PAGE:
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Limited consensus around ARM information protection practices

Fred Cohen
Mel Leverich
Meghan Whyte
Eng Sengsavang
Grant Hurley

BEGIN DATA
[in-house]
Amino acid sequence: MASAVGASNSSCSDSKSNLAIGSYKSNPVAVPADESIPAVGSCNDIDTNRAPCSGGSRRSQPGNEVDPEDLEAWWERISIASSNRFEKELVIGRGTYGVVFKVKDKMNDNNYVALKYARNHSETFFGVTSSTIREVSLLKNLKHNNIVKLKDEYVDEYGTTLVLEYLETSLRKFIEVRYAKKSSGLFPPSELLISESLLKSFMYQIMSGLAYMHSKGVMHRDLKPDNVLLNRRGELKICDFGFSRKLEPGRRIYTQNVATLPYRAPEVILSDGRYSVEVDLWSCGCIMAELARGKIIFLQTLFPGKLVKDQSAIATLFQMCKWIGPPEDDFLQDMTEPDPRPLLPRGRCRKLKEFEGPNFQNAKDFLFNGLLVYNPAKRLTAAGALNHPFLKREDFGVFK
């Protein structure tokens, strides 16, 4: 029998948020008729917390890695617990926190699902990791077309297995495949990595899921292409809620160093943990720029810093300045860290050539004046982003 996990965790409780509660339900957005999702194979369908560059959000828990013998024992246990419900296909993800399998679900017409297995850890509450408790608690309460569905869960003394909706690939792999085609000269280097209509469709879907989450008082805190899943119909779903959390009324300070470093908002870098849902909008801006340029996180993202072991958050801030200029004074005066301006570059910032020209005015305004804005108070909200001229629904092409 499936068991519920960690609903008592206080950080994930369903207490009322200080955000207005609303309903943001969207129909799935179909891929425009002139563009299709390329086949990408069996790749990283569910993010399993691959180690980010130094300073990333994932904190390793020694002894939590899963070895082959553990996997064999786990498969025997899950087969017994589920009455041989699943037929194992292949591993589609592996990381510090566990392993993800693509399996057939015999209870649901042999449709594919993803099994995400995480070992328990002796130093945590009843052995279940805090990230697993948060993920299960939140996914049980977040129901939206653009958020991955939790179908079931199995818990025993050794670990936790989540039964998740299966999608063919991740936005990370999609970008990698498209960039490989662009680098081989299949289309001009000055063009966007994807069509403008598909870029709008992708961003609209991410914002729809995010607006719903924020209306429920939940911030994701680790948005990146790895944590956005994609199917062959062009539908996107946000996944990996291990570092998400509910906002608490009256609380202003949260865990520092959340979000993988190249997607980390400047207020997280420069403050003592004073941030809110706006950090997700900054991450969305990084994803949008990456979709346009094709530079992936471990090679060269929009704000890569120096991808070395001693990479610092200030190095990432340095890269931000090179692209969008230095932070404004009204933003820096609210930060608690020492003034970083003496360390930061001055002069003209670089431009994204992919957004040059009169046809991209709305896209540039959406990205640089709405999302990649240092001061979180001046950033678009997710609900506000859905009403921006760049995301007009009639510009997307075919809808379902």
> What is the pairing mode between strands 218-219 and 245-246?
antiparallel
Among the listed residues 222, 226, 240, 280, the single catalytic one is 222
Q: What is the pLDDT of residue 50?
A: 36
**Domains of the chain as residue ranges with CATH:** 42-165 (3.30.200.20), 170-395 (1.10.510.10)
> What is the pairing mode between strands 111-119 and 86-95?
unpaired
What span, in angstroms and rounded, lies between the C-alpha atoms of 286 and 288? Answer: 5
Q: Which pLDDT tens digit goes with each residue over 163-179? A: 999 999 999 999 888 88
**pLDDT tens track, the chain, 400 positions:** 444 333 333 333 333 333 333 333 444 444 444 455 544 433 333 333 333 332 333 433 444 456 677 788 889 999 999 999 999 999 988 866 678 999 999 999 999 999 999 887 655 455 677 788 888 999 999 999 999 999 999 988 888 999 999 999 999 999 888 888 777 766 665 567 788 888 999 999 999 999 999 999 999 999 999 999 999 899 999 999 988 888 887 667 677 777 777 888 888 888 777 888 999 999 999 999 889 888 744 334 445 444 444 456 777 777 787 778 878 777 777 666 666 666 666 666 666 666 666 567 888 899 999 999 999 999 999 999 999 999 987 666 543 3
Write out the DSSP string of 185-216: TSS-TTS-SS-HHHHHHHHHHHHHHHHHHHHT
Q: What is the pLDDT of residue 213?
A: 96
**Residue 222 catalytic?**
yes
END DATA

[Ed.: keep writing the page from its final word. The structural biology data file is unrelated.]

Archives and Records Management (ARM) literature surrounding Information Protection (IP) has been developed in relative isolation from the IP field. As a result, it has been unclear until now whether and to what extent ARM literature and practice is consistent with or divergent from IP literature and practice. This paper compares IP and ARM information protection through the lens of a Standard of Practice (SoP). An existing enterprise IP SoP was adapted to ARM through literature analysis and produced a draft ARM SoP. The draft ARM SoP was applied in a rote fashion to a small sample of government-operated archives to identify likely areas of consensus and lack of consensus surrounding the various elements of the SoP. This resulted in some areas of strong consensus and other areas of strong divergence. A horizontal element was also used to identify whether and to what extent learning and thinking about the issues caused changes in evaluation. Increased consensus was found after a delay between initial exposure to the SoP and subsequent review of SoP elements. While this is a small sample study, it points toward both the need and the value of larger and more comprehensive studies in order to afford a clear consensus around reasonable and prudent practices for ARM IP and the value of additional awareness, training, and education in IP issues within the ARM community.